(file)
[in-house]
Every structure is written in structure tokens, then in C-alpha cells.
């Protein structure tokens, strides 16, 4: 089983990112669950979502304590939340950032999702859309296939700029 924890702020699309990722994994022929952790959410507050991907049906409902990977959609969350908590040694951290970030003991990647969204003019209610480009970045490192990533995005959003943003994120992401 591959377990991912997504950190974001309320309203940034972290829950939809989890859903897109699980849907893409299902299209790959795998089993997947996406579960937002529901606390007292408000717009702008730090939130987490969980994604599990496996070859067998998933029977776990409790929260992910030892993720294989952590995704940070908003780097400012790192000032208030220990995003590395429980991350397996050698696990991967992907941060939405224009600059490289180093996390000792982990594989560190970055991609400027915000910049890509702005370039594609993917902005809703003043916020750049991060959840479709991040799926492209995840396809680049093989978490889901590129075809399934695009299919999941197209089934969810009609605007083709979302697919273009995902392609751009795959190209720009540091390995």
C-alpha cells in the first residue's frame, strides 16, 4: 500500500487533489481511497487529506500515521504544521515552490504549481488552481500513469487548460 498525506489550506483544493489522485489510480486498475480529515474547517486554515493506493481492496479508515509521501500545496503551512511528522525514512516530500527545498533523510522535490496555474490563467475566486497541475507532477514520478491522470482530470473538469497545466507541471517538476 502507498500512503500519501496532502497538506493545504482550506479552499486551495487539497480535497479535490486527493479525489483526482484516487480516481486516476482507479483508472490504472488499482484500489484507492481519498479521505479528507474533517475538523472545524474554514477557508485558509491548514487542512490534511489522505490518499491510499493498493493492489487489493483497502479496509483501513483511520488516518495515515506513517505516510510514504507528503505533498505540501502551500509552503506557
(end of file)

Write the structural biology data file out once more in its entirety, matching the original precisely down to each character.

[in-house]
Every structure is written in structure tokens, then in C-alpha cells.
């Protein structure tokens, strides 16, 4: 089983990112669950979502304590939340950032999702859309296939700029 924890702020699309990722994994022929952790959410507050991907049906409902990977959609969350908590040694951290970030003991990647969204003019209610480009970045490192990533995005959003943003994120992401 591959377990991912997504950190974001309320309203940034972290829950939809989890859903897109699980849907893409299902299209790959795998089993997947996406579960937002529901606390007292408000717009702008730090939130987490969980994604599990496996070859067998998933029977776990409790929260992910030892993720294989952590995704940070908003780097400012790192000032208030220990995003590395429980991350397996050698696990991967992907941060939405224009600059490289180093996390000792982990594989560190970055991609400027915000910049890509702005370039594609993917902005809703003043916020750049991060959840479709991040799926492209995840396809680049093989978490889901590129075809399934695009299919999941197209089934969810009609605007083709979302697919273009995902392609751009795959190209720009540091390995």
C-alpha cells in the first residue's frame, strides 16, 4: 500500500487533489481511497487529506500515521504544521515552490504549481488552481500513469487548460 498525506489550506483544493489522485489510480486498475480529515474547517486554515493506493481492496479508515509521501500545496503551512511528522525514512516530500527545498533523510522535490496555474490563467475566486497541475507532477514520478491522470482530470473538469497545466507541471517538476 502507498500512503500519501496532502497538506493545504482550506479552499486551495487539497480535497479535490486527493479525489483526482484516487480516481486516476482507479483508472490504472488499482484500489484507492481519498479521505479528507474533517475538523472545524474554514477557508485558509491548514487542512490534511489522505490518499491510499493498493493492489487489493483497502479496509483501513483511520488516518495515515506513517505516510510514504507528503505533498505540501502551500509552503506557